Art by; Noora Fraidoon, ‘Union of Opposites’
Art work by: Lulwa Al Khalifa, ‘Blind Faith’

 

 

 

 

 

 

 

 

 

In total, Caravan have held four peace-building exhibitions in London;

In Peace and with Compassion, was held in 2013  and centered around life sized, fiberglass donkey pieces which were adorned in decoration and paint. The donkey, which is noted to be a symbol of peace in some religious faiths, were exhibited in Cairo and then travelled to London to be shown in St. Paul’s Cathedral. This exhibit was followed by a charity auction and proceeds going to the poor in Egypt. https://www.oncaravan.org/peace

The Bridge, which ran from 2015-2016 toured around various well-known venues in Europe, Cairo and throughout the United States. The self explanatory title ‘The Bridge’, focused on the links that ties us together and our common groundings. This was reinforced by the 47 contemporary artists who were sourced from 15 countries with Muslim, Christian, and Jewish backgrounds. Forty percent of the proceeds were donated to underprivileged kids under the program, ‘Educate Me’. https://www.oncaravan.org/the-bridge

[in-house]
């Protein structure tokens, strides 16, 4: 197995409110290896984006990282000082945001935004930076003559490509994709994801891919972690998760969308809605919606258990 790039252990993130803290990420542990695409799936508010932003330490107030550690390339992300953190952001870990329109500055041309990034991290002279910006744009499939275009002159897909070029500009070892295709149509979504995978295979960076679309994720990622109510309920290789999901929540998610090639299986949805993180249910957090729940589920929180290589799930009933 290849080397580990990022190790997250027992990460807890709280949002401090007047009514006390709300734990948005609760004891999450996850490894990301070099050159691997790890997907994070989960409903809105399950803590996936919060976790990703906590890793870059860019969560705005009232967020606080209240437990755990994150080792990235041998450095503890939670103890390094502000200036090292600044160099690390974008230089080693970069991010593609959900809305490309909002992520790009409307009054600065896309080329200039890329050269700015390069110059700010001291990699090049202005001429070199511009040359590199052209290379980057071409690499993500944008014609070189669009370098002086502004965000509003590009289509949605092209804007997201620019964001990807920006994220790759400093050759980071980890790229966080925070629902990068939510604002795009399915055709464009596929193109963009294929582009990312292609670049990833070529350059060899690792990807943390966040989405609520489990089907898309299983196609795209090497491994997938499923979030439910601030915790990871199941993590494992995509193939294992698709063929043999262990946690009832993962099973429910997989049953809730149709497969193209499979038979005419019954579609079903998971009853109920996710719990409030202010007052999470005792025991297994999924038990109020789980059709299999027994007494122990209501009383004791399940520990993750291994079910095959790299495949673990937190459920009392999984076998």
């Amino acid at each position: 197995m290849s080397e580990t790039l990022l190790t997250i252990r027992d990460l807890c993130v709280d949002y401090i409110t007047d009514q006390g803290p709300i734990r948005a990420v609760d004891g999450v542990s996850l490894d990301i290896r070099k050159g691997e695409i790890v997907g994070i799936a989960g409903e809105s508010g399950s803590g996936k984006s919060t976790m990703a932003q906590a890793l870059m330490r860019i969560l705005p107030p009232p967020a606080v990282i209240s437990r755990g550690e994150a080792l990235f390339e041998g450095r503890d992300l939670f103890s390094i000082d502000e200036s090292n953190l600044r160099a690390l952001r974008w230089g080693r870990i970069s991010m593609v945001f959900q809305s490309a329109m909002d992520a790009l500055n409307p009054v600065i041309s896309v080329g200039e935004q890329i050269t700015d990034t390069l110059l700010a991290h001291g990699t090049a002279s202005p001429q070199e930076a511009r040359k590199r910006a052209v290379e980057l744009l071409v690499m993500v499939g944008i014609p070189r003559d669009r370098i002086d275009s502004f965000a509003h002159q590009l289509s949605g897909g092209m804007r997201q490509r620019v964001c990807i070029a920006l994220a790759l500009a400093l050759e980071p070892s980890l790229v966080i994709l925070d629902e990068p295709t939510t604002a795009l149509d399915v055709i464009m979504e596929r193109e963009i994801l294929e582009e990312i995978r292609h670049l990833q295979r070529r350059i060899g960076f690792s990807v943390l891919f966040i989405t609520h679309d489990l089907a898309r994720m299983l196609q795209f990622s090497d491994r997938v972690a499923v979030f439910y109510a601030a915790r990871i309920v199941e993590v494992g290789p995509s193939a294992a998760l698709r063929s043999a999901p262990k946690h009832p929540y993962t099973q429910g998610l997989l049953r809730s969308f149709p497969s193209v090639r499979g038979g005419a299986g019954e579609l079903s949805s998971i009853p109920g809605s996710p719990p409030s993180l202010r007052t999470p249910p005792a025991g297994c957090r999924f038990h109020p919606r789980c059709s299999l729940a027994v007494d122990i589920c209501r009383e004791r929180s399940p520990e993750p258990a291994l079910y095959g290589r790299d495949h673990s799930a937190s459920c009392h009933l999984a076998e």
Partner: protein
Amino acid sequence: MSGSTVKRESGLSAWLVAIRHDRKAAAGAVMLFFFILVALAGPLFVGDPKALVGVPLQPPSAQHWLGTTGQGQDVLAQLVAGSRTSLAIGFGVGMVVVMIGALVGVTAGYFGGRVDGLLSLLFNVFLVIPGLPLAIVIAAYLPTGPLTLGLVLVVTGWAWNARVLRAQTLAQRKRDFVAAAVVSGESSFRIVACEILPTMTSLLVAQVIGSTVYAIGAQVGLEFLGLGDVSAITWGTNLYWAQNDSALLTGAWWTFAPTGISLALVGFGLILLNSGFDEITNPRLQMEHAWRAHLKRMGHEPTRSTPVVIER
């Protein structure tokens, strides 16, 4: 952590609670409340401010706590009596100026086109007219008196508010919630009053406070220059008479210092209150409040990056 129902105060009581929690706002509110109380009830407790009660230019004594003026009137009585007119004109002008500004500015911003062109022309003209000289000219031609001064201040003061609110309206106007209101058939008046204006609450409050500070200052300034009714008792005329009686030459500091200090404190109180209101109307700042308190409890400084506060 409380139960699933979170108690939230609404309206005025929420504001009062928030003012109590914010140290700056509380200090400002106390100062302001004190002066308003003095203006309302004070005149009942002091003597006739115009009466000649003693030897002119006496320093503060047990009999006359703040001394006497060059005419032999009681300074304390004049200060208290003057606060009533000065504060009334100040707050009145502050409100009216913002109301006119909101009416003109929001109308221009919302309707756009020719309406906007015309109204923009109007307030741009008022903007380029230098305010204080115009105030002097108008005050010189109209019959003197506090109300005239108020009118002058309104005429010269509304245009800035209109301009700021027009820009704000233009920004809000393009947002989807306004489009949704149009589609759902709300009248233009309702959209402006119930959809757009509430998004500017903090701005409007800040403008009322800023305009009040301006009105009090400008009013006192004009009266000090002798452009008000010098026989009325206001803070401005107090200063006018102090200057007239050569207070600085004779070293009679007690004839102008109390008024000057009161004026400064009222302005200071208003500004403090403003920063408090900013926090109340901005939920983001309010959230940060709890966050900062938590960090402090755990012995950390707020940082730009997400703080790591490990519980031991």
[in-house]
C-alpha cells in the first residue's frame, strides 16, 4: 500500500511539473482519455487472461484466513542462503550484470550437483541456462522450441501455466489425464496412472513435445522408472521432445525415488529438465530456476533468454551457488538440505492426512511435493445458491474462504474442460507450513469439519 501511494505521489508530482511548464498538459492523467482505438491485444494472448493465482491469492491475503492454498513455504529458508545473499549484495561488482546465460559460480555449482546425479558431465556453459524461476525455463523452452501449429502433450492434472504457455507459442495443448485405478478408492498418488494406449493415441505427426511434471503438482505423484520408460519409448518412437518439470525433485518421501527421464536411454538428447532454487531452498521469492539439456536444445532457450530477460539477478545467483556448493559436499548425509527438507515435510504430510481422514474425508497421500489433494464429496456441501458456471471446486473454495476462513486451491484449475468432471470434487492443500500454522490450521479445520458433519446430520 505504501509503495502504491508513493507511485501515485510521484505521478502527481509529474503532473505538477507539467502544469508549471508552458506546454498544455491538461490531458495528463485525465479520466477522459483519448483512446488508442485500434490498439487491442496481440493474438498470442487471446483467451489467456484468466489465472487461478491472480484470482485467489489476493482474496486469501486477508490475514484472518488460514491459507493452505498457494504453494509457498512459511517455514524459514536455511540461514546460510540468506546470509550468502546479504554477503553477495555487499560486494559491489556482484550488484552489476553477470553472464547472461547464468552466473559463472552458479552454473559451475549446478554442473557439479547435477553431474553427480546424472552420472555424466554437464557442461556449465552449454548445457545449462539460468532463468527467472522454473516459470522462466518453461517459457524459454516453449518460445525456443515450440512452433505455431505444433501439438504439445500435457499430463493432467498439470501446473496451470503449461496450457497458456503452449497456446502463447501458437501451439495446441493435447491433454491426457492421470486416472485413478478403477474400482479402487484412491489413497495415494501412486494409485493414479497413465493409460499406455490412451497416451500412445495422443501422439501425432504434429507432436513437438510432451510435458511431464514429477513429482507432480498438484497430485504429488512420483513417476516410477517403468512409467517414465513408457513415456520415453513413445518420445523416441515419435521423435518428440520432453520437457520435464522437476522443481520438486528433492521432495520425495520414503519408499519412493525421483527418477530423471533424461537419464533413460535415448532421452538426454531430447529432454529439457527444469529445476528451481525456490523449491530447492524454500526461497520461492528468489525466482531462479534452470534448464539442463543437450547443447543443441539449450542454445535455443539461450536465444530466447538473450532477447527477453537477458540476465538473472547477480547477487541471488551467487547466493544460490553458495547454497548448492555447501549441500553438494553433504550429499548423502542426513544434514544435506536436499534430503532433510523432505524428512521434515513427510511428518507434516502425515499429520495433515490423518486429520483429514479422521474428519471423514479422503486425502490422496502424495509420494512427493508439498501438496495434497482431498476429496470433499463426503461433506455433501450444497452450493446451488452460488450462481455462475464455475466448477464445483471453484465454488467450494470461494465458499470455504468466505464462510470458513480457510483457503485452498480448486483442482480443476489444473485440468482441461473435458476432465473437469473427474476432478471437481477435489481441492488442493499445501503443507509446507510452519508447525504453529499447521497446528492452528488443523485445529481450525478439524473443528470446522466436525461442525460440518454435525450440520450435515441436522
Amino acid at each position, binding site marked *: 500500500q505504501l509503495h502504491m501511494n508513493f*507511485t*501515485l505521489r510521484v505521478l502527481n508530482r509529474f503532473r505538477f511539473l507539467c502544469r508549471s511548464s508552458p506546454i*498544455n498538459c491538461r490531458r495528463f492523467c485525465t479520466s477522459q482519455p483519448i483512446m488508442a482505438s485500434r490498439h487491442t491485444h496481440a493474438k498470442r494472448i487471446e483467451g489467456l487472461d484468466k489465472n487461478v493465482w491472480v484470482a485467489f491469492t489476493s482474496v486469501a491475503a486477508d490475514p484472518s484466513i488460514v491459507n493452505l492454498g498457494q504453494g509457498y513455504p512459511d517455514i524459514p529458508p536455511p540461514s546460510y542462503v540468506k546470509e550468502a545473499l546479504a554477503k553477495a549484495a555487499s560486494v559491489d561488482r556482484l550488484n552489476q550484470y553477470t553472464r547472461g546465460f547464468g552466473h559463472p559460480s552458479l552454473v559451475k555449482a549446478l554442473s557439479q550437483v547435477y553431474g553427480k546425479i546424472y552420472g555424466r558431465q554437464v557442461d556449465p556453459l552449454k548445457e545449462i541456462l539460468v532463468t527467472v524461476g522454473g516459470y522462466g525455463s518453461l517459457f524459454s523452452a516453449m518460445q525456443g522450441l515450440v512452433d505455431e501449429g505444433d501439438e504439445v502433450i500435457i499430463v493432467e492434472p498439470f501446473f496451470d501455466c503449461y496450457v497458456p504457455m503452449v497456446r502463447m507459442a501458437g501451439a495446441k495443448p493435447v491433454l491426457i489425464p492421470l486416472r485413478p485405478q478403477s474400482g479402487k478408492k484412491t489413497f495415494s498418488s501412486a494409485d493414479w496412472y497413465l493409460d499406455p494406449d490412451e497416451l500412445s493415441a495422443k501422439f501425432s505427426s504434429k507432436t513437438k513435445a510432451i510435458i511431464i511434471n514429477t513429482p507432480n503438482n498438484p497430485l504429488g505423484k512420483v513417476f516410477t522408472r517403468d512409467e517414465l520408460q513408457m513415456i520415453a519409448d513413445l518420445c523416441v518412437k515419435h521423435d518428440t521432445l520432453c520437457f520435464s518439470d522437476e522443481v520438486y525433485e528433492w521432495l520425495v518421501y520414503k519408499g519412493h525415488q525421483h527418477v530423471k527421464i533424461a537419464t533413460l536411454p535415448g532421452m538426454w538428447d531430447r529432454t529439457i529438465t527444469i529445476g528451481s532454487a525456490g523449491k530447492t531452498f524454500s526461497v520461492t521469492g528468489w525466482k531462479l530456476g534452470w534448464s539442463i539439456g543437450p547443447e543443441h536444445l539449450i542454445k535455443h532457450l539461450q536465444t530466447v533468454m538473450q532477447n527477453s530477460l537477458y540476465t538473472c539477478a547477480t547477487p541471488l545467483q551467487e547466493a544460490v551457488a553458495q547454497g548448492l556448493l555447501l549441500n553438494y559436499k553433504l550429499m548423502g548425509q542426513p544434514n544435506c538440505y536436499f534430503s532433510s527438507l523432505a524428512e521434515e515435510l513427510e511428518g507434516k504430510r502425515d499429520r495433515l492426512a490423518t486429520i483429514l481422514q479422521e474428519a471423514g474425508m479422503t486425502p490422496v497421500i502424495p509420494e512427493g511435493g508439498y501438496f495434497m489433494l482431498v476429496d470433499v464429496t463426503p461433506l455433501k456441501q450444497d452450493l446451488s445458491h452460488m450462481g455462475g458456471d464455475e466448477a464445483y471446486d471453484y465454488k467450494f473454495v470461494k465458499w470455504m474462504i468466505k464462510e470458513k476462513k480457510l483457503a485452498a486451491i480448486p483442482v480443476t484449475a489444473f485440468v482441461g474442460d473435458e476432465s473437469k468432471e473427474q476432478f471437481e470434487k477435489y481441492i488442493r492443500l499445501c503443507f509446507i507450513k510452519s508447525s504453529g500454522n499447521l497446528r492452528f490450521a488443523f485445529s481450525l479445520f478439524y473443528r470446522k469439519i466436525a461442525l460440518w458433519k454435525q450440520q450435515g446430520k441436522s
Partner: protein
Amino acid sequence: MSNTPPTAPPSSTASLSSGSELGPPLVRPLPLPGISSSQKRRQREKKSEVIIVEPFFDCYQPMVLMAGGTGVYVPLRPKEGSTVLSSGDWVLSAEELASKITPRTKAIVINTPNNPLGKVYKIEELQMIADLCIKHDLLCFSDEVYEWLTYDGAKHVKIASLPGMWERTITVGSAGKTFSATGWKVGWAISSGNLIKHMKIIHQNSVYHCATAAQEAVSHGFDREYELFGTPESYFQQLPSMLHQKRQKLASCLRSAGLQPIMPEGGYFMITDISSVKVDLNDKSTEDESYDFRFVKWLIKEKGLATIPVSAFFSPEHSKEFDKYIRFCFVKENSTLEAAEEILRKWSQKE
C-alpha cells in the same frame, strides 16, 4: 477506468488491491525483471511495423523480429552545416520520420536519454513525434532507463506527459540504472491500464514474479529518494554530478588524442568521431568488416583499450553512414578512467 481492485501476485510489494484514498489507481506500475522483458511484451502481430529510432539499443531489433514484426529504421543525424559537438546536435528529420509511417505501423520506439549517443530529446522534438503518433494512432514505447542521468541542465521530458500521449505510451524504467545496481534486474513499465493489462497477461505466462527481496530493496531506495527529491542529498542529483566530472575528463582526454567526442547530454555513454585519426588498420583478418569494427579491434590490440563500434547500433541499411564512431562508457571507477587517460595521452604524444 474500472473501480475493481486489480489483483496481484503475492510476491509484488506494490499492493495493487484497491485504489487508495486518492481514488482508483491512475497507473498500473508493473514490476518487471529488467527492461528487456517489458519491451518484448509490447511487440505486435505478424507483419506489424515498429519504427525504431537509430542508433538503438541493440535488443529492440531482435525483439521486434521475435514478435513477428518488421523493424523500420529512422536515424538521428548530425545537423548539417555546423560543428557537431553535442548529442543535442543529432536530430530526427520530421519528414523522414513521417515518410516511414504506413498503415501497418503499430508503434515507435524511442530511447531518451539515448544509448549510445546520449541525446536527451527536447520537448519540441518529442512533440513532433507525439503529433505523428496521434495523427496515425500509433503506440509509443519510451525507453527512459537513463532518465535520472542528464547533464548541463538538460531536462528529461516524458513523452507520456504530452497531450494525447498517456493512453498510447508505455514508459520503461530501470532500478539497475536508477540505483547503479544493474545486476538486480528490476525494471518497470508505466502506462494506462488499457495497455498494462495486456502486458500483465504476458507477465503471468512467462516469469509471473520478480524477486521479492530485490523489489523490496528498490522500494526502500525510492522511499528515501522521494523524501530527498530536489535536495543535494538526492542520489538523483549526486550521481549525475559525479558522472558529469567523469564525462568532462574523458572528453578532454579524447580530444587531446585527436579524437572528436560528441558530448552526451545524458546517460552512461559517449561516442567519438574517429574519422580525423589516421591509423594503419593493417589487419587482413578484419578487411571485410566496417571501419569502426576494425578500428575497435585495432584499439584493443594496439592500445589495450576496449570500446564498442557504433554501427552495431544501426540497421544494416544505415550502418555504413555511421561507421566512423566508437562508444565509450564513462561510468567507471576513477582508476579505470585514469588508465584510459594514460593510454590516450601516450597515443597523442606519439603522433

The Key, is centered around the ‘key of life’ or otherwise known as the ancient Egyptian symbol, the Ankh. The Ankh which was made into a modern three-dimensional fiberglass, opened in Cairo and then presented in London, England, New York City and USA. The Ankh acted as the extended metaphor for peace and harmony and to unite people. https://www.oncaravan.org/the-key